DITCH THE CLUTTER & DRESS FOR SUCCESS
Without clothes or even a smile, we embark on our journey. Yet most of us in the Western world end it with an vast collection of stuff, most of which utterly unnecessary for day-to day survival. It’s incredible considering we start out needing so little beyond food and someone looking out for us. But the needs arise. Diapers. Pajamas. Blanket. Crib. More diapers. Something in which to store the pajamas, the blanket too. Soon we begin smiling… now there’s the need for toys. And more toys. Special toys to comfort us when we cry or to help us fall asleep. Suddenly there are so many toys we need shelves and boxes in which to keep them.
From nothing to a room of stuff, it happens so quickly.
Then we discover how certain objects make us feel and, in turn, “fill” our hearts. A stuffed bear becomes a bff. The dress we wear makes us feel beautiful, special and all grown up. The simplest trinket given to us by a grandparent makes us feel loved and close to them. These things plant a seed; we need things to feel things.
Some of us are as able to acquire as to relinquish. Others become hoarders. Then there’s everyone in between. Wherever we are on the spectrum, there’s some value placed on the things we own AND the (in)ability to unravel the need to keep them around. With a little conscious thinking, we can all enjoy nice things yet not being enslaved by them or, with time, their history. “The things you own end of owning you.” Remember that from Fight Club? We don’t want that. We want to enjoy our things like the treasures they are meant to be.
If you must keep that set of crystal goblets around - you know, the ones you inherited that sit unused in a box? - start using them, for Snoopy’s sake. ENJOY them! Are you not worth a couple sips of tap water from fine Waterford crystal? You are. Of course, if you really hate those goblets, sell them and use the money to get the kind of glasses you adore.
A jewelry box filled with your beloved Aunt Mabel’s brooches and clip on earrings. Not exactly your style but you’ve dragged it around since college because that great lady was something else. How ‘bout you once in a while take out a piece and wear it? Someone compliments you on it, there’s your chance to say, “Why thank you. It was my dear auntie’s…,” and to share a sweet memory. For a moment the great lady’s still alive and vibrant. That’s worth the price of a ton of cocktail rings and big brooches, isn’t it?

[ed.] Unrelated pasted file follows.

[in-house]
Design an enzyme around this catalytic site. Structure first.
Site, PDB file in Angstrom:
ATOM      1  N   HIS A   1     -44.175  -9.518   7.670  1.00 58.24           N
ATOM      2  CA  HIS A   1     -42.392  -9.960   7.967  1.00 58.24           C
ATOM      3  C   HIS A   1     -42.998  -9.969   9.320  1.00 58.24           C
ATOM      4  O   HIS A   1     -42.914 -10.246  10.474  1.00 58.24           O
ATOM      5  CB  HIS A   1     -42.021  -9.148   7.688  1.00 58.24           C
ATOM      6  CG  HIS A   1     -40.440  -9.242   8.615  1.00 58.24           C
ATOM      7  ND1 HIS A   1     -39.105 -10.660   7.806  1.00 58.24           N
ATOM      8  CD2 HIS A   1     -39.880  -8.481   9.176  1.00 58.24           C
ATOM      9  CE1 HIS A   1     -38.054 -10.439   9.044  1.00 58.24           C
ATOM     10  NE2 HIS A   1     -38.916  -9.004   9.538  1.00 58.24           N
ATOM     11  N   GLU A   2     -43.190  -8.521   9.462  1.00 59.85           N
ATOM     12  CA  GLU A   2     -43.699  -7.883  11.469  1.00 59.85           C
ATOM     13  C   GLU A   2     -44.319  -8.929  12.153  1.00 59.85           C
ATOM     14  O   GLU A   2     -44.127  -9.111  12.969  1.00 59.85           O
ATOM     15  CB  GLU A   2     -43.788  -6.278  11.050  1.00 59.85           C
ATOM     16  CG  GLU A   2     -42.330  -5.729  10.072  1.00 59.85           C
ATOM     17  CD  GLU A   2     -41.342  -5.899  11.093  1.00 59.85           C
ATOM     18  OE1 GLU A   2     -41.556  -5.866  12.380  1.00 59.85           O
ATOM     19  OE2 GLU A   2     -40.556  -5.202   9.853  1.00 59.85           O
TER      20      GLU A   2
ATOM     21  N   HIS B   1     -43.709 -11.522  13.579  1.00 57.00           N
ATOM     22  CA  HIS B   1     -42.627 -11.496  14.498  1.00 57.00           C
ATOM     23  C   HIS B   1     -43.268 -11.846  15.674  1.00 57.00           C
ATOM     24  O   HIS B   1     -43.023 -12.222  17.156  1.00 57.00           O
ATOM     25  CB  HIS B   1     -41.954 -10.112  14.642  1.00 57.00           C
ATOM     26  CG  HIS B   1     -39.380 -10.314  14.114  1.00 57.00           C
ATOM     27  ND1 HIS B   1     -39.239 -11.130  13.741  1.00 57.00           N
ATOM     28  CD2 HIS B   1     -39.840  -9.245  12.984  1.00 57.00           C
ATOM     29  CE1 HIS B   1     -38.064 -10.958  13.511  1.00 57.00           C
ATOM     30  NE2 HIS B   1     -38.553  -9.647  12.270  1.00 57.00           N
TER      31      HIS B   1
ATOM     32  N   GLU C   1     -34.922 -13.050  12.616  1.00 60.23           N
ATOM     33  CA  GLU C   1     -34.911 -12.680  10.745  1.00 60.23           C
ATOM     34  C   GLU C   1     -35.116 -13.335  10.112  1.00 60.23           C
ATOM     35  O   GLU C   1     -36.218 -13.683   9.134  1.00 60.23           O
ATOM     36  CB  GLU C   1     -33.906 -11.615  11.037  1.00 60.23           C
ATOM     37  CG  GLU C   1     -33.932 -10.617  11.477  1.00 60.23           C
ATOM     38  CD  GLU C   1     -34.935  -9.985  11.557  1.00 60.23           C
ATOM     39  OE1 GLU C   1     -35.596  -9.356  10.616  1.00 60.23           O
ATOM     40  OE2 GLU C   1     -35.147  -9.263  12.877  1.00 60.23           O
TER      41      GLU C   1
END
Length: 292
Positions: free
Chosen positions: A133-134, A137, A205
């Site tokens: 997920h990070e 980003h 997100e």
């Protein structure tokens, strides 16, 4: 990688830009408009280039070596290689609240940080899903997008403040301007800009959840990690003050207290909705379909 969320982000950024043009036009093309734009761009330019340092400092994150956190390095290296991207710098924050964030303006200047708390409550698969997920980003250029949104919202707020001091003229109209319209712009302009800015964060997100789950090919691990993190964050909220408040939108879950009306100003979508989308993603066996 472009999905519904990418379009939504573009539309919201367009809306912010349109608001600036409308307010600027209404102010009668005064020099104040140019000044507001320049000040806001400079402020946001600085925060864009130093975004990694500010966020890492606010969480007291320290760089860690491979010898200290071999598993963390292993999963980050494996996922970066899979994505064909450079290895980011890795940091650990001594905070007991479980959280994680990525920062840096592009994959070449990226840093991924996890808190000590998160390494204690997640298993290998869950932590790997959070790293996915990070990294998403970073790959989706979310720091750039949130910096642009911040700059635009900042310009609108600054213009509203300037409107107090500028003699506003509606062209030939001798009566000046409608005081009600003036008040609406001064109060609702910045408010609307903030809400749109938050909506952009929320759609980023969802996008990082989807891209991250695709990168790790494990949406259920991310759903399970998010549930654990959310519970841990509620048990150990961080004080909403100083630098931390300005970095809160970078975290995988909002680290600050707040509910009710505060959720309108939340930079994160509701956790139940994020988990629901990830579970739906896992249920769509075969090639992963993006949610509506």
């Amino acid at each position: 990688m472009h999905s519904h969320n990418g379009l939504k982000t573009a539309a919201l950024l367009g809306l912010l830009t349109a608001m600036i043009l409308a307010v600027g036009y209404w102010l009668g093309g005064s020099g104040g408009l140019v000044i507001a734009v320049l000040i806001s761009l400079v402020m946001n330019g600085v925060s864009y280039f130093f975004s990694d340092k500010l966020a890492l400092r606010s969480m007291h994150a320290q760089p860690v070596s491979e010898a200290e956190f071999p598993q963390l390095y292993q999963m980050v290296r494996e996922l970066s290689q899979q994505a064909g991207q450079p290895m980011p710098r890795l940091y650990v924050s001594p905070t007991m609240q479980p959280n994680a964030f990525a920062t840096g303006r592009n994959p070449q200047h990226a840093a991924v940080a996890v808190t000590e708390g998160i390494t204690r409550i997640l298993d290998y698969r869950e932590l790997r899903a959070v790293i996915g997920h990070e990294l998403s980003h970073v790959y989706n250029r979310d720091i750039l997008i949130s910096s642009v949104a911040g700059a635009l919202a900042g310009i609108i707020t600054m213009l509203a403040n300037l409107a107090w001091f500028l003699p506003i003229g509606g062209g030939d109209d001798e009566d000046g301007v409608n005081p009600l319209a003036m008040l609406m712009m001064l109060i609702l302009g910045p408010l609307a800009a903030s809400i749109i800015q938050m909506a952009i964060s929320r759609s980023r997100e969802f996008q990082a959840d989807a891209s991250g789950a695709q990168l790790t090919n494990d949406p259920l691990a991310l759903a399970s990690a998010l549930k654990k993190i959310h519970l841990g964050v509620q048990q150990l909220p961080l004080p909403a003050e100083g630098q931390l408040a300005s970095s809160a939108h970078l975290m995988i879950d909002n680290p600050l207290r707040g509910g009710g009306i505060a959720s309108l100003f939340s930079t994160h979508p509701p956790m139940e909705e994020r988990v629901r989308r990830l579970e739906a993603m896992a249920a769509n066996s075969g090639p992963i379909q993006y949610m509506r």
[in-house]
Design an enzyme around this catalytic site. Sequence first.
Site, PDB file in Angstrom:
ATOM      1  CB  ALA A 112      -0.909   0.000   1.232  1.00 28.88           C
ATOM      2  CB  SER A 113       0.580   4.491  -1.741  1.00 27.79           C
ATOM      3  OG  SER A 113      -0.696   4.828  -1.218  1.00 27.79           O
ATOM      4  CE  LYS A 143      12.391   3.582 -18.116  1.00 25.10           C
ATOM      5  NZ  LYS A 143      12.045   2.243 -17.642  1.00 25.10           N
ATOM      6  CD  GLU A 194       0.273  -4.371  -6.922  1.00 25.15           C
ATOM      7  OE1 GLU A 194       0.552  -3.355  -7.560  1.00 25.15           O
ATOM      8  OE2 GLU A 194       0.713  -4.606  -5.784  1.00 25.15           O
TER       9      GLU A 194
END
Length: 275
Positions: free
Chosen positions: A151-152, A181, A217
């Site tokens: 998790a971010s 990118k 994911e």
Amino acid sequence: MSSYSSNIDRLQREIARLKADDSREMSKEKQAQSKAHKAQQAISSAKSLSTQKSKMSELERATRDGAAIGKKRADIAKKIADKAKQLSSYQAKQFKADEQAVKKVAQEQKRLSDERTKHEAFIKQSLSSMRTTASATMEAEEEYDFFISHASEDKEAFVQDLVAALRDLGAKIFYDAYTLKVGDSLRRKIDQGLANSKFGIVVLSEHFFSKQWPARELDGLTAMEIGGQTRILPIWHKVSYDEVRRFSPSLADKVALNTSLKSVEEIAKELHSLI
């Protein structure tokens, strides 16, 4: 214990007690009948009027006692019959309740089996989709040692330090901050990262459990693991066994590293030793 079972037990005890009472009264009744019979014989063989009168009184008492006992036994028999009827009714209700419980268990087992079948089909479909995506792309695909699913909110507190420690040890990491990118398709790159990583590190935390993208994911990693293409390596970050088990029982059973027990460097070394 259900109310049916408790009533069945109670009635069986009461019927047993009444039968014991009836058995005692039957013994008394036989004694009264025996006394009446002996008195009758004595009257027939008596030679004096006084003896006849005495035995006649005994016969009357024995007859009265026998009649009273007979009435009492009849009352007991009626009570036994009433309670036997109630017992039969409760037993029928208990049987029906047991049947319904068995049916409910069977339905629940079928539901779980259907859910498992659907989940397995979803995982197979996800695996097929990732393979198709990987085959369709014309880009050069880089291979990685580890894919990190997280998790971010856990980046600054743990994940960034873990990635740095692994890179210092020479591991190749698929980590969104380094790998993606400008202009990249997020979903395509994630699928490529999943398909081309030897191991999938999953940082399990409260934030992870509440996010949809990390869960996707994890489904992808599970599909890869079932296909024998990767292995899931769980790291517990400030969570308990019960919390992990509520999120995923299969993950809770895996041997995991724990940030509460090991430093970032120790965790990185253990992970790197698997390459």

It’s not junior year and the 80s prom dress that’s still in your closet doesn’t look the same on you. Make peace with that and give yourself some credit for doing a lot of great living since high school. Now. Quick. Shepherd the dress out of your closet and into the give-away bag. There’s bound to be a niece who’d love it or a charity thrift store who’ll do good things from its sale. And there’s a better dress for that great dame you’ve become.
A box of letters from the one who got away might make you smile but if they don’t, why are they in your possession? Time to shred or burn them. Or maybe, before you do that, use them as inspiration for that short story, one person show, blog entry, song or poem. Emotional upcycling. It’s cleansing.
- Give away
- Let someone who loves it more be its archivist and keeper
All are options. Tell that to the closets, homes, sheds and garages full of stuff. Give ‘em all you got:
I have loved this and I have [used, appreciated, loved, enjoyed] it but it’s now time to let someone else [use, appreciate, love, enjoy] it or [toss, shred, upcycle].
It’s just stuff and learning to detach from it isn’t saying that we can’t or didn’t love it but that we need more room to breath life into our future growth and passions.
“You can’t have everything. Where would you put it?” — Steven Wright
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